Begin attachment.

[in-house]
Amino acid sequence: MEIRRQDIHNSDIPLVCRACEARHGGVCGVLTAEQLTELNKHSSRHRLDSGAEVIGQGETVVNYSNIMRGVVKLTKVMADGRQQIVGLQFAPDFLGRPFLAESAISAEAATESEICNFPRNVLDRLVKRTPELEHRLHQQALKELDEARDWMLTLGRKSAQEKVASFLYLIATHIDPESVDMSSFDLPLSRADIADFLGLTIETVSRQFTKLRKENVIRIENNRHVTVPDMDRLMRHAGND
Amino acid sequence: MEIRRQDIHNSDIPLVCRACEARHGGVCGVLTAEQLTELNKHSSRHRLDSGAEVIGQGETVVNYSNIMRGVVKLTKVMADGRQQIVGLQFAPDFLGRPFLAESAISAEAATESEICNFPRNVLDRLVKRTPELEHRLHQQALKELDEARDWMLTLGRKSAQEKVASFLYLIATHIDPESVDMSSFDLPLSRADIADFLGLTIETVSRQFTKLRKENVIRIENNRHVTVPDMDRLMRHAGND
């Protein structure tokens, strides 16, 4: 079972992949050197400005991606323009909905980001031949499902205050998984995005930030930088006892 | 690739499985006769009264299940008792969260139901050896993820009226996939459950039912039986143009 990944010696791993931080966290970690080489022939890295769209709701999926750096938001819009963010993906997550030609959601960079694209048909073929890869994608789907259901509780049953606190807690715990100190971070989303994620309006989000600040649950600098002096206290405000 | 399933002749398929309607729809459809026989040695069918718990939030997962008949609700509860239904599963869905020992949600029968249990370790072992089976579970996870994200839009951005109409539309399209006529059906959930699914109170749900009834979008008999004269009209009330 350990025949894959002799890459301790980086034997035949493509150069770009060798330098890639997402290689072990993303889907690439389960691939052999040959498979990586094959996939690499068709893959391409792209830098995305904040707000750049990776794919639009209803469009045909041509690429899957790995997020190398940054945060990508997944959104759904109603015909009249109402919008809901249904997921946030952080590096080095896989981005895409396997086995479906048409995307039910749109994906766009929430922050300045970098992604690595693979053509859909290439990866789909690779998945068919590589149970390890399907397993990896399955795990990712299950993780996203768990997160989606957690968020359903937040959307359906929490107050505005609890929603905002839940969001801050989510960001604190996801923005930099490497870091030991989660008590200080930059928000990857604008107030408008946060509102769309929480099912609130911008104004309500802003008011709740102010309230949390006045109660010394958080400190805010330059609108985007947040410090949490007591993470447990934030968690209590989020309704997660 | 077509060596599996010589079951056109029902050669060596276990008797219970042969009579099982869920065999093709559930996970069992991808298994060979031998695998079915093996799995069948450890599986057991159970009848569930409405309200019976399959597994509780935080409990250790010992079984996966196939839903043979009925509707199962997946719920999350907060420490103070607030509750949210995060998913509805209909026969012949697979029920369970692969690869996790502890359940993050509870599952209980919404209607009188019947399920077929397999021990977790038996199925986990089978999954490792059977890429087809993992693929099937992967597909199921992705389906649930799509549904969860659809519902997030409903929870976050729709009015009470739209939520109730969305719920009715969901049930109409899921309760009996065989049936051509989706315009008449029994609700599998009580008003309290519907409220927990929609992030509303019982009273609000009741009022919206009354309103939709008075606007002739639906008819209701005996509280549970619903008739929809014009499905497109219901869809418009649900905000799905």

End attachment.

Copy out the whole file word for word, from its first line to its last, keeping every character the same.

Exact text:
[in-house]
Amino acid sequence: MEIRRQDIHNSDIPLVCRACEARHGGVCGVLTAEQLTELNKHSSRHRLDSGAEVIGQGETVVNYSNIMRGVVKLTKVMADGRQQIVGLQFAPDFLGRPFLAESAISAEAATESEICNFPRNVLDRLVKRTPELEHRLHQQALKELDEARDWMLTLGRKSAQEKVASFLYLIATHIDPESVDMSSFDLPLSRADIADFLGLTIETVSRQFTKLRKENVIRIENNRHVTVPDMDRLMRHAGND
Amino acid sequence: MEIRRQDIHNSDIPLVCRACEARHGGVCGVLTAEQLTELNKHSSRHRLDSGAEVIGQGETVVNYSNIMRGVVKLTKVMADGRQQIVGLQFAPDFLGRPFLAESAISAEAATESEICNFPRNVLDRLVKRTPELEHRLHQQALKELDEARDWMLTLGRKSAQEKVASFLYLIATHIDPESVDMSSFDLPLSRADIADFLGLTIETVSRQFTKLRKENVIRIENNRHVTVPDMDRLMRHAGND
């Protein structure tokens, strides 16, 4: 079972992949050197400005991606323009909905980001031949499902205050998984995005930030930088006892 | 690739499985006769009264299940008792969260139901050896993820009226996939459950039912039986143009 990944010696791993931080966290970690080489022939890295769209709701999926750096938001819009963010993906997550030609959601960079694209048909073929890869994608789907259901509780049953606190807690715990100190971070989303994620309006989000600040649950600098002096206290405000 | 399933002749398929309607729809459809026989040695069918718990939030997962008949609700509860239904599963869905020992949600029968249990370790072992089976579970996870994200839009951005109409539309399209006529059906959930699914109170749900009834979008008999004269009209009330 350990025949894959002799890459301790980086034997035949493509150069770009060798330098890639997402290689072990993303889907690439389960691939052999040959498979990586094959996939690499068709893959391409792209830098995305904040707000750049990776794919639009209803469009045909041509690429899957790995997020190398940054945060990508997944959104759904109603015909009249109402919008809901249904997921946030952080590096080095896989981005895409396997086995479906048409995307039910749109994906766009929430922050300045970098992604690595693979053509859909290439990866789909690779998945068919590589149970390890399907397993990896399955795990990712299950993780996203768990997160989606957690968020359903937040959307359906929490107050505005609890929603905002839940969001801050989510960001604190996801923005930099490497870091030991989660008590200080930059928000990857604008107030408008946060509102769309929480099912609130911008104004309500802003008011709740102010309230949390006045109660010394958080400190805010330059609108985007947040410090949490007591993470447990934030968690209590989020309704997660 | 077509060596599996010589079951056109029902050669060596276990008797219970042969009579099982869920065999093709559930996970069992991808298994060979031998695998079915093996799995069948450890599986057991159970009848569930409405309200019976399959597994509780935080409990250790010992079984996966196939839903043979009925509707199962997946719920999350907060420490103070607030509750949210995060998913509805209909026969012949697979029920369970692969690869996790502890359940993050509870599952209980919404209607009188019947399920077929397999021990977790038996199925986990089978999954490792059977890429087809993992693929099937992967597909199921992705389906649930799509549904969860659809519902997030409903929870976050729709009015009470739209939520109730969305719920009715969901049930109409899921309760009996065989049936051509989706315009008449029994609700599998009580008003309290519907409220927990929609992030509303019982009273609000009741009022919206009354309103939709008075606007002739639906008819209701005996509280549970619903008739929809014009499905497109219901869809418009649900905000799905």